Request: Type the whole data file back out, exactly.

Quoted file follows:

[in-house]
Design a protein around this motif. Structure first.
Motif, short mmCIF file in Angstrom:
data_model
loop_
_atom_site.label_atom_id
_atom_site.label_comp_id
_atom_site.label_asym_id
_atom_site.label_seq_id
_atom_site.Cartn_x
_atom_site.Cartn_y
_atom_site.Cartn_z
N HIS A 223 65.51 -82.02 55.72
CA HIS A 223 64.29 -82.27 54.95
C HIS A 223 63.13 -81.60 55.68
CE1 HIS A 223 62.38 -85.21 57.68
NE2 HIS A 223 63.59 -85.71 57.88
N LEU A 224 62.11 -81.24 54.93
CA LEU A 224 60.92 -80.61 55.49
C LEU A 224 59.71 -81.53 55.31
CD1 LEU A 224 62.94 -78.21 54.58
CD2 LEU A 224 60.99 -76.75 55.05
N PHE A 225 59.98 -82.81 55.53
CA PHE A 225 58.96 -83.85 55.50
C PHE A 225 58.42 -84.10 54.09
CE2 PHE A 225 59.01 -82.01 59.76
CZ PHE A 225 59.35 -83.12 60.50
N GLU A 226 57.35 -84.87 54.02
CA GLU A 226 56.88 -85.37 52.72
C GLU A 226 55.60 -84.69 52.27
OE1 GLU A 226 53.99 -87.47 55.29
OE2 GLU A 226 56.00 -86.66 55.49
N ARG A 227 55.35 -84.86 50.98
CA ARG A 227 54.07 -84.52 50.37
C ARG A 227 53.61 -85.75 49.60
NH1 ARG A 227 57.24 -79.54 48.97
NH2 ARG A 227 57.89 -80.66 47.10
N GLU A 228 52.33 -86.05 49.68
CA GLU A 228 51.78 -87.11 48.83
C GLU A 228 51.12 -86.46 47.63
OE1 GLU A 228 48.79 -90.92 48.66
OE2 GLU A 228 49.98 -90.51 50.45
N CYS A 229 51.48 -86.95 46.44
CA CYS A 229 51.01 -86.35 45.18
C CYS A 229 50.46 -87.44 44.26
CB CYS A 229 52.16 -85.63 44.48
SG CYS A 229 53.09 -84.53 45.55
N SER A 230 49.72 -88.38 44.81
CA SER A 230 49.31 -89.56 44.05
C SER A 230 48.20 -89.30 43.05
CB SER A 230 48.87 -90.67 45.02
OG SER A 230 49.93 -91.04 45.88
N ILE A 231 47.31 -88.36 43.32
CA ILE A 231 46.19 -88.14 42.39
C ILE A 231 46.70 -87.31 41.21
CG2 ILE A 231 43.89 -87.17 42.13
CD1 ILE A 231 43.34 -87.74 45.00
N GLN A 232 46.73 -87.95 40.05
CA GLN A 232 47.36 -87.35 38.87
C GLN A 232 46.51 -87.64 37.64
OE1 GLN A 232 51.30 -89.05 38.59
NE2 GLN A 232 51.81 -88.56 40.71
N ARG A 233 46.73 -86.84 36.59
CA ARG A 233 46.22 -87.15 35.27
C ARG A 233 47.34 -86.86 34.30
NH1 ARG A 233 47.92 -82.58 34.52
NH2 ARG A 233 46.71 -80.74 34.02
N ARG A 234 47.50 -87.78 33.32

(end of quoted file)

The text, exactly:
[in-house]
Design a protein around this motif. Structure first.
Motif, short mmCIF file in Angstrom:
data_model
loop_
_atom_site.label_atom_id
_atom_site.label_comp_id
_atom_site.label_asym_id
_atom_site.label_seq_id
_atom_site.Cartn_x
_atom_site.Cartn_y
_atom_site.Cartn_z
N HIS A 223 65.51 -82.02 55.72
CA HIS A 223 64.29 -82.27 54.95
C HIS A 223 63.13 -81.60 55.68
CE1 HIS A 223 62.38 -85.21 57.68
NE2 HIS A 223 63.59 -85.71 57.88
N LEU A 224 62.11 -81.24 54.93
CA LEU A 224 60.92 -80.61 55.49
C LEU A 224 59.71 -81.53 55.31
CD1 LEU A 224 62.94 -78.21 54.58
CD2 LEU A 224 60.99 -76.75 55.05
N PHE A 225 59.98 -82.81 55.53
CA PHE A 225 58.96 -83.85 55.50
C PHE A 225 58.42 -84.10 54.09
CE2 PHE A 225 59.01 -82.01 59.76
CZ PHE A 225 59.35 -83.12 60.50
N GLU A 226 57.35 -84.87 54.02
CA GLU A 226 56.88 -85.37 52.72
C GLU A 226 55.60 -84.69 52.27
OE1 GLU A 226 53.99 -87.47 55.29
OE2 GLU A 226 56.00 -86.66 55.49
N ARG A 227 55.35 -84.86 50.98
CA ARG A 227 54.07 -84.52 50.37
C ARG A 227 53.61 -85.75 49.60
NH1 ARG A 227 57.24 -79.54 48.97
NH2 ARG A 227 57.89 -80.66 47.10
N GLU A 228 52.33 -86.05 49.68
CA GLU A 228 51.78 -87.11 48.83
C GLU A 228 51.12 -86.46 47.63
OE1 GLU A 228 48.79 -90.92 48.66
OE2 GLU A 228 49.98 -90.51 50.45
N CYS A 229 51.48 -86.95 46.44
CA CYS A 229 51.01 -86.35 45.18
C CYS A 229 50.46 -87.44 44.26
CB CYS A 229 52.16 -85.63 44.48
SG CYS A 229 53.09 -84.53 45.55
N SER A 230 49.72 -88.38 44.81
CA SER A 230 49.31 -89.56 44.05
C SER A 230 48.20 -89.30 43.05
CB SER A 230 48.87 -90.67 45.02
OG SER A 230 49.93 -91.04 45.88
N ILE A 231 47.31 -88.36 43.32
CA ILE A 231 46.19 -88.14 42.39
C ILE A 231 46.70 -87.31 41.21
CG2 ILE A 231 43.89 -87.17 42.13
CD1 ILE A 231 43.34 -87.74 45.00
N GLN A 232 46.73 -87.95 40.05
CA GLN A 232 47.36 -87.35 38.87
C GLN A 232 46.51 -87.64 37.64
OE1 GLN A 232 51.30 -89.05 38.59
NE2 GLN A 232 51.81 -88.56 40.71
N ARG A 233 46.73 -86.84 36.59
CA ARG A 233 46.22 -87.15 35.27
C ARG A 233 47.34 -86.86 34.30
NH1 ARG A 233 47.92 -82.58 34.52
NH2 ARG A 233 46.71 -80.74 34.02
N ARG A 234 47.50 -87.78 33.32